Audio can be great for reflection, narration, feedback, and all sorts of creative projects.

Want more examples of how audio can enhance Google Slides for teachers and students? Kasey Bell has written a blog post that shares 25 Ways to Use Audio in Google Slides Projects.

Although the ability to add audio is a great new feature, you can’t record audio directly into your Slides presentation.

As Eric Curts explains,

You see, even though we can now add audio to a Google slideshow, there isn’t a simple built-in recording button. Instead you need to record the audio separately with another program, then save it to Drive, and then add it to a slide.

Thankfully, Eric has put together a helpful collection of 4 Free and Easy Audio Recording Tools for Google Slides.

The tools Eric recommends to make audio recordings are:

You can find out all about this process and how exactly you insert audio into Google Slides in Eric’s blog post, podcast, or video.

Using Google Slides In The Classroom: The Basics

The simplest and most obvious way to use Google Slides is to create a slide deck. That is, a collection of slides put together to form a presentation.

A slide deck is used to support an oral presentation.

There are many times when teachers or students might need a basic slide deck:

  • Teachers can create a slide deck to support the lessons they’re presenting to students.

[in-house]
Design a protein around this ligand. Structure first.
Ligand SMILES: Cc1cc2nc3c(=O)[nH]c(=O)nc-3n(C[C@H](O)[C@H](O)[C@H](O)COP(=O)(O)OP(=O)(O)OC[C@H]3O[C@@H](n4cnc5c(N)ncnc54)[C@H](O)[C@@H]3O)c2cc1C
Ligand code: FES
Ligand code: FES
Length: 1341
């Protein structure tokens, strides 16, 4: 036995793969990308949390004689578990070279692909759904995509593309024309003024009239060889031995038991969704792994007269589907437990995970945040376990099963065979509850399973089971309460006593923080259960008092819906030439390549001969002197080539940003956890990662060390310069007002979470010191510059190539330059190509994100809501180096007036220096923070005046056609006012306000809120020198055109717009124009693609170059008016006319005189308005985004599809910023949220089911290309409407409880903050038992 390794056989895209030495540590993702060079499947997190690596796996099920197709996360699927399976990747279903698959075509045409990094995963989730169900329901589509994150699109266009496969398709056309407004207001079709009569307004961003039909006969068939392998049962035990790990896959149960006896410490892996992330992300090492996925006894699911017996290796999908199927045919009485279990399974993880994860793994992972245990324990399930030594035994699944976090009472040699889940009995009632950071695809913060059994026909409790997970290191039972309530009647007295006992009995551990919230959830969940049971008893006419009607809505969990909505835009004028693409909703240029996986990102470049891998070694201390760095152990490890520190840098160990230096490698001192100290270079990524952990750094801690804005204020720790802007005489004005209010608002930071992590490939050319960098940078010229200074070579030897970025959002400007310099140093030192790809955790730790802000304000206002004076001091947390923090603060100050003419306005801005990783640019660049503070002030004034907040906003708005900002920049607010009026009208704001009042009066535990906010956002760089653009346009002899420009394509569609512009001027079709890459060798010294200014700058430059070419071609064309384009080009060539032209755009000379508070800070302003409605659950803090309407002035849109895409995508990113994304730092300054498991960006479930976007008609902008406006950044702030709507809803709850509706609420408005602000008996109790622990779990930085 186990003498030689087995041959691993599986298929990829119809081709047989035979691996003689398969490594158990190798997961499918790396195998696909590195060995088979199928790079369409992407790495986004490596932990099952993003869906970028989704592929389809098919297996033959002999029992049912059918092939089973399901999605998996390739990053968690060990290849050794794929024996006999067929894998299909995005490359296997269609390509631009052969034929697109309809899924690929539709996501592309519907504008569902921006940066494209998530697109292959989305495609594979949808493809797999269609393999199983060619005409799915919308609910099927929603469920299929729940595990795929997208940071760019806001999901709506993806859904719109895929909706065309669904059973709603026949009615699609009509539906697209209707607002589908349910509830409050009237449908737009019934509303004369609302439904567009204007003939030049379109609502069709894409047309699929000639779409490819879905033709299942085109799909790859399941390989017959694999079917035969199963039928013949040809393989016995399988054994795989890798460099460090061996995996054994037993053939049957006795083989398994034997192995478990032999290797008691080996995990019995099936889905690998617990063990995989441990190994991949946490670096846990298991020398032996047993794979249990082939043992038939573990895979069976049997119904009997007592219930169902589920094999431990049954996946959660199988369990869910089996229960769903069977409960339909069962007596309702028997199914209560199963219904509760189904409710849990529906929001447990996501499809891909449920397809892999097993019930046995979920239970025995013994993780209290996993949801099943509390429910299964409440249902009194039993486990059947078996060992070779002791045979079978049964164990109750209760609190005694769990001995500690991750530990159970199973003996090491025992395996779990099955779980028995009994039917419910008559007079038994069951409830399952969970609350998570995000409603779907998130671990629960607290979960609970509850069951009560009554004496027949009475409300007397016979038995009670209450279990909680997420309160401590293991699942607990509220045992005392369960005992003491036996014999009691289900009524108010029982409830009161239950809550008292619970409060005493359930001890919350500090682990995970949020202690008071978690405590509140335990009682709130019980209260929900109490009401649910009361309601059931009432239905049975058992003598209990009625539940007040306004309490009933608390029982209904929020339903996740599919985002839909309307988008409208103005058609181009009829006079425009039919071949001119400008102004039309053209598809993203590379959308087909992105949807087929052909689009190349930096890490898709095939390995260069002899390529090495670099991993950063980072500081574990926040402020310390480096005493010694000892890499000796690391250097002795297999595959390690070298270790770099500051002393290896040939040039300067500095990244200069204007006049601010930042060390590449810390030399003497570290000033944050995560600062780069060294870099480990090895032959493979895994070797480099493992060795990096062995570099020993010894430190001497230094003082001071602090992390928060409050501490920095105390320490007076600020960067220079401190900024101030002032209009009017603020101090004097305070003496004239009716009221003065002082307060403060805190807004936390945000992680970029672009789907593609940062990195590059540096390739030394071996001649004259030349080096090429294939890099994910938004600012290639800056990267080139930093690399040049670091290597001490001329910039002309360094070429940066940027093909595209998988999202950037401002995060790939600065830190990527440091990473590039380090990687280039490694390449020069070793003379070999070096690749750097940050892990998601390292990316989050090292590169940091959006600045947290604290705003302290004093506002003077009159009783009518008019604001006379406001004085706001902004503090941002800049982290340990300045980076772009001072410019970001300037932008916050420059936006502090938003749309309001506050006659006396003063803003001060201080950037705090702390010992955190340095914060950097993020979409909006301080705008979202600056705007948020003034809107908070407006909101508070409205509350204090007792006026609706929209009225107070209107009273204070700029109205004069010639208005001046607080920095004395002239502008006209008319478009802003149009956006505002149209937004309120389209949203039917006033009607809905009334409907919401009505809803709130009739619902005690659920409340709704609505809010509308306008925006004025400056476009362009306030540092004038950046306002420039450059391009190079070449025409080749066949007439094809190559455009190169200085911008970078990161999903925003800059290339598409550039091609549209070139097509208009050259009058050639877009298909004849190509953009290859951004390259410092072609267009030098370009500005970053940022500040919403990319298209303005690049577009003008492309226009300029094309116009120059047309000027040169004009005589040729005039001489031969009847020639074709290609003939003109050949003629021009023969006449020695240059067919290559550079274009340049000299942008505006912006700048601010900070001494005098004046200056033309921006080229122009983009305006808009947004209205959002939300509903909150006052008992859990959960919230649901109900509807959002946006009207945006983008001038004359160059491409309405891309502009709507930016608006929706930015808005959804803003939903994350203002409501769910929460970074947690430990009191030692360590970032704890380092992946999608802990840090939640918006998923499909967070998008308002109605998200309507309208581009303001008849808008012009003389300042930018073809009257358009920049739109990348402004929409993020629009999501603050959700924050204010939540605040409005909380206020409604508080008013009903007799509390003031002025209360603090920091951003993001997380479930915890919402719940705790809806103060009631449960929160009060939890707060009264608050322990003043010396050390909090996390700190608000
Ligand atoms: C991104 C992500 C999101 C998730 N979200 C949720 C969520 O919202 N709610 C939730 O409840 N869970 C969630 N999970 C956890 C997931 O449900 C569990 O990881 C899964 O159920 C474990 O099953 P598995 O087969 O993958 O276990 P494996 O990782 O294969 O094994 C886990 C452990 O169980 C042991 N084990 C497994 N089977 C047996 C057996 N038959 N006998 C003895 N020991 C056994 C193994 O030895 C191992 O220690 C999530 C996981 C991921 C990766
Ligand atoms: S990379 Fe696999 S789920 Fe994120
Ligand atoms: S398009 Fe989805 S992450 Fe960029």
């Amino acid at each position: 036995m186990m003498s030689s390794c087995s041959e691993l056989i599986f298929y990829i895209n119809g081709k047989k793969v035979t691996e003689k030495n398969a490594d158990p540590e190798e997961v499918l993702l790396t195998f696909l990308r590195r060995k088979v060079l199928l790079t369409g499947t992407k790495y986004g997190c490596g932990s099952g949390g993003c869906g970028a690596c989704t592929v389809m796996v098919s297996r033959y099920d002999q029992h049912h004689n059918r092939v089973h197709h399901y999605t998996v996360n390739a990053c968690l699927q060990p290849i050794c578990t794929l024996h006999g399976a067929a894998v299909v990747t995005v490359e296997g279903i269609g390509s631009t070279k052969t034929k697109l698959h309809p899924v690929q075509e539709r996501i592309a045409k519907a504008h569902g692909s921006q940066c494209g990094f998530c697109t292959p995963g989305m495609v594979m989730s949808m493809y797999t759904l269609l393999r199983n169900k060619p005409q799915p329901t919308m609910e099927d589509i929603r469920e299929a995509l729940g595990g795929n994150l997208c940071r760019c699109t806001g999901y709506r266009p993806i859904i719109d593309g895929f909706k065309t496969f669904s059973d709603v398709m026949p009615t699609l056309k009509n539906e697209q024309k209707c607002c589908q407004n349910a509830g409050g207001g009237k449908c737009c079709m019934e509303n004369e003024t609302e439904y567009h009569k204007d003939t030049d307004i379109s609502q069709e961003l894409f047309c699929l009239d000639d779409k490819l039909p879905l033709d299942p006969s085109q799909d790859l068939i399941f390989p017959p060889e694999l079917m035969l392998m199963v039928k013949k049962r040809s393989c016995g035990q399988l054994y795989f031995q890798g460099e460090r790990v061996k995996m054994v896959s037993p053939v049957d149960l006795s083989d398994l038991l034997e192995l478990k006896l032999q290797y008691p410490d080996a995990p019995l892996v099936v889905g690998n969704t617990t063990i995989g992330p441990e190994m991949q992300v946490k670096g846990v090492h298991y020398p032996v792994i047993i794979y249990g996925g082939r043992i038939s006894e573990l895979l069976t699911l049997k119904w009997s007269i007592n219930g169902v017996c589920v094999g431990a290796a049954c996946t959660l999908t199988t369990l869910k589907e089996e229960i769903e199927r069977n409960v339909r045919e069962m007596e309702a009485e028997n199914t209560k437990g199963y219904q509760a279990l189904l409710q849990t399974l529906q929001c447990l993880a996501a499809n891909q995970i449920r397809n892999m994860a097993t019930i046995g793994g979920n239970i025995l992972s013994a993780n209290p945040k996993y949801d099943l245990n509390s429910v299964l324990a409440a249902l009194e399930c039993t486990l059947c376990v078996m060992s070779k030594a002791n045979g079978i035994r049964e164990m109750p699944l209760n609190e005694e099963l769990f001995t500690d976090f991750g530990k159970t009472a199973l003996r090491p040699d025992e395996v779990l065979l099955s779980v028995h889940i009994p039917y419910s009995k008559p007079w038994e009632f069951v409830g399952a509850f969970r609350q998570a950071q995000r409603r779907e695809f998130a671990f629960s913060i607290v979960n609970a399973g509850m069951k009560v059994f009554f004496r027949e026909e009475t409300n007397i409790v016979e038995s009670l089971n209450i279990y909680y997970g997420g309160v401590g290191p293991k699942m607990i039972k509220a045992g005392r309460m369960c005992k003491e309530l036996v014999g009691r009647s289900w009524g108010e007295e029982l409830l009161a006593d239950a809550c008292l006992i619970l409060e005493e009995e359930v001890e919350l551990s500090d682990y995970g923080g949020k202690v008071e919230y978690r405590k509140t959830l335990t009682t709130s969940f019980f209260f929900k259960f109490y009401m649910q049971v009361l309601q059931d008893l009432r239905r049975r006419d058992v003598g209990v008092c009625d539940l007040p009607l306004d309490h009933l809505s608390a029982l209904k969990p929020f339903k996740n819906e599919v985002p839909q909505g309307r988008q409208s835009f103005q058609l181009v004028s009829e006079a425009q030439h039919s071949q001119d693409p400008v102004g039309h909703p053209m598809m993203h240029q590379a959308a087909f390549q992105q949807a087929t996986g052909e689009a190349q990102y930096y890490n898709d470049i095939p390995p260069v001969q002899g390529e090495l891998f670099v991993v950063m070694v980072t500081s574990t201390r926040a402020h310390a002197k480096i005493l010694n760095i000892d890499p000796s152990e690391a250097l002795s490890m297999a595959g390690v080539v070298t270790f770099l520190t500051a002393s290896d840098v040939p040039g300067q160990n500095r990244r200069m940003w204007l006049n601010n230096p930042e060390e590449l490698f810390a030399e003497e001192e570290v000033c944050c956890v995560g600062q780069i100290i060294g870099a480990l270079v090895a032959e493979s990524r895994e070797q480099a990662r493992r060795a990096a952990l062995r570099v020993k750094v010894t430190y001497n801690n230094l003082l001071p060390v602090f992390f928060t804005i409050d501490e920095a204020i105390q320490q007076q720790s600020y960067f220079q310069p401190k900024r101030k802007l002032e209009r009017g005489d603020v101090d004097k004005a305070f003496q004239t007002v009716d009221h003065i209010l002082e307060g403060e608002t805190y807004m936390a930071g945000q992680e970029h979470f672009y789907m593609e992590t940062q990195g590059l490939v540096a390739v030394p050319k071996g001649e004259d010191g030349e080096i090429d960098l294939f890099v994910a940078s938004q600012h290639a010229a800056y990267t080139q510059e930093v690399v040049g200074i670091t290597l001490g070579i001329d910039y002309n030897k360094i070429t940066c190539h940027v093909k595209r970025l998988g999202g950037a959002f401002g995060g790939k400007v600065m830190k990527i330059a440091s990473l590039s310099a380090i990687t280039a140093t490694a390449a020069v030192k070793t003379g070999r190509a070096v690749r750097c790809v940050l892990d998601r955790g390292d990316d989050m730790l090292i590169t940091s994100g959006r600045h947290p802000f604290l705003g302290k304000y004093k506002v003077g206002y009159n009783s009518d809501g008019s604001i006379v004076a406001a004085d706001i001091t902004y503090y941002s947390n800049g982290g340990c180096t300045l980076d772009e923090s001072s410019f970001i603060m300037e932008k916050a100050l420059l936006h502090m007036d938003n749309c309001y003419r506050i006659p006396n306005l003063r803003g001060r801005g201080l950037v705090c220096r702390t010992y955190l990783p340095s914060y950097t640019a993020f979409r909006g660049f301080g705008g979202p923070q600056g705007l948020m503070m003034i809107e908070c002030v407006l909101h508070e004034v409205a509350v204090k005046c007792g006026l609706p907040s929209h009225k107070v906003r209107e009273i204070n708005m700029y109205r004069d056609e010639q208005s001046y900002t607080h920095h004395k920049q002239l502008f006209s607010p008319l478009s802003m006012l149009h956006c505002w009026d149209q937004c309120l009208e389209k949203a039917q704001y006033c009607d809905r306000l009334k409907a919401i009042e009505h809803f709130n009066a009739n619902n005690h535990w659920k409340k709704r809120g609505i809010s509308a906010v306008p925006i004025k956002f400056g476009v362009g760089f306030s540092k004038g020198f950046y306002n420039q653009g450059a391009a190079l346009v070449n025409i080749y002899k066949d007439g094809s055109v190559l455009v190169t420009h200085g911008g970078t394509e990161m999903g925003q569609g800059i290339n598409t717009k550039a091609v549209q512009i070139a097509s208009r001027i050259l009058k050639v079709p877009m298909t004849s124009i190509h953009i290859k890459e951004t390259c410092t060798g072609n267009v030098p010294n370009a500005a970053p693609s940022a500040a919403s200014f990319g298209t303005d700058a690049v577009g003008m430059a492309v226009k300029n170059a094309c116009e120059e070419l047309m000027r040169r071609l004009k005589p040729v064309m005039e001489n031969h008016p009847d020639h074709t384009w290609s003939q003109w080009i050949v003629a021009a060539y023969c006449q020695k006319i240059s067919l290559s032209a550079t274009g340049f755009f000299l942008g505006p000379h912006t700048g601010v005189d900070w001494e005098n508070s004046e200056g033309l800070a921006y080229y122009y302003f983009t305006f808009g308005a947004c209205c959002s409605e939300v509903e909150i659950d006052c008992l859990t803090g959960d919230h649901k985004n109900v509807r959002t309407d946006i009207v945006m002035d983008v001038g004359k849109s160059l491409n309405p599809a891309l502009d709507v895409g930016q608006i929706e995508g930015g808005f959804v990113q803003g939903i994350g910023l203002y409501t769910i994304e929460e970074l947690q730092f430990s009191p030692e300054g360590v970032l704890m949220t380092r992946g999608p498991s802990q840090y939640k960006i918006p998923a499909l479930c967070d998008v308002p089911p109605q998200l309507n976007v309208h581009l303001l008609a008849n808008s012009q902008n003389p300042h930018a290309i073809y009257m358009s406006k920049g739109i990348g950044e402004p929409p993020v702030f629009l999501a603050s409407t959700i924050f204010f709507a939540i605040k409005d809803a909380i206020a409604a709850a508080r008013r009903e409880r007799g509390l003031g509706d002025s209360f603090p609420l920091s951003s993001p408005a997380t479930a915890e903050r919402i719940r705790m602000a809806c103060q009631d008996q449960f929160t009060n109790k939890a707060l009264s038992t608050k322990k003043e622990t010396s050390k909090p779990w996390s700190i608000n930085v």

• Students can make a Slides presentation to accompany an oral presentation that’s part of their classwork.
  • Students or teachers can create slide decks when they need to showcase learning or share school programs (e.g. information evening, school assembly, parent-teacher night, etc.).
  • Teachers can collaborate on a slide deck for a conference or staff meeting presentation.

Apart from these basic uses, there is so much more you can do with Google Slides.

Let’s take a look…

7 Creative Ways To Use Google Slides In The Classroom

Kasey Bell isn’t wrong when she calls Google Slides the Swiss Army knife of G Suite. Let’s take a look at some creative ways you could use Google Slides in the classroom.

1) Introduce Your Class

Alethea Vazquez is a teacher who participated in the Student Blogging Challenge with her students a number of times. Her students collaborated on a great Google Slides presentation to introduce themselves on their class blog.

In this post, Alethea explains how she carried out this process. It involved giving students a Slides template that they could edit.

Take a look at the end result. This is perfect for an About page on a class blog.

2) Make Choose Your Own Adventure Stories

Remember those Choose Your Own Adventure books that were popular in past decades?

Creating a similar style of “interactive fiction” is a creative way to use Google Slides. It includes a certain amount of planning as teacher Kevin Hodgson explains in this post.

Screenshot of handwritten story map by student
Wolves Interactive Story Map, Kevin Hodgson’s student, (CC BY-SA 2.0)

Here’s an example of interactive fiction using Google Slides by Kevin Hodgson. He shared this on his class blog as an example for students.

Tutorials For Choose Your Own Adventure Stories

As Kevin Hodgson says,

Most of my students really enjoy this writing, as it is very different from traditional pieces we do, but a few do struggle with the unconventionality of it. That’s OK, too, for what I am trying to show them is that writing is not one form, but many forms and always adaptable.